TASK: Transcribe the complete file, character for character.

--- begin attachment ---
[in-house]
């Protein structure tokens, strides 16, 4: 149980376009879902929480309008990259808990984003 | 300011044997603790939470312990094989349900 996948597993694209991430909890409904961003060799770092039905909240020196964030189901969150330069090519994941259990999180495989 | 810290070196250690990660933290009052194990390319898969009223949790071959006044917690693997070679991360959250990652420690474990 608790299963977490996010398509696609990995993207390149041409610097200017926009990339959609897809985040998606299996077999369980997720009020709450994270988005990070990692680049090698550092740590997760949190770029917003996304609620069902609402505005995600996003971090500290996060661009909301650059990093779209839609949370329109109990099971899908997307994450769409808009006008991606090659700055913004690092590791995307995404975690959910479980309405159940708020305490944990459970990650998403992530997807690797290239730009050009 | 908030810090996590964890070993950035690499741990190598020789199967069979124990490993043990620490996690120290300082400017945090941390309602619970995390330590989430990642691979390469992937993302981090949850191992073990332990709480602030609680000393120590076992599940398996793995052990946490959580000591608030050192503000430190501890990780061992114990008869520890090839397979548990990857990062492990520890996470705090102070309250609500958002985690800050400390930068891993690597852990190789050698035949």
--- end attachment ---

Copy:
[in-house]
């Protein structure tokens, strides 16, 4: 149980376009879902929480309008990259808990984003 | 300011044997603790939470312990094989349900 996948597993694209991430909890409904961003060799770092039905909240020196964030189901969150330069090519994941259990999180495989 | 810290070196250690990660933290009052194990390319898969009223949790071959006044917690693997070679991360959250990652420690474990 608790299963977490996010398509696609990995993207390149041409610097200017926009990339959609897809985040998606299996077999369980997720009020709450994270988005990070990692680049090698550092740590997760949190770029917003996304609620069902609402505005995600996003971090500290996060661009909301650059990093779209839609949370329109109990099971899908997307994450769409808009006008991606090659700055913004690092590791995307995404975690959910479980309405159940708020305490944990459970990650998403992530997807690797290239730009050009 | 908030810090996590964890070993950035690499741990190598020789199967069979124990490993043990620490996690120290300082400017945090941390309602619970995390330590989430990642691979390469992937993302981090949850191992073990332990709480602030609680000393120590076992599940398996793995052990946490959580000591608030050192503000430190501890990780061992114990008869520890090839397979548990990857990062492990520890996470705090102070309250609500958002985690800050400390930068891993690597852990190789050698035949």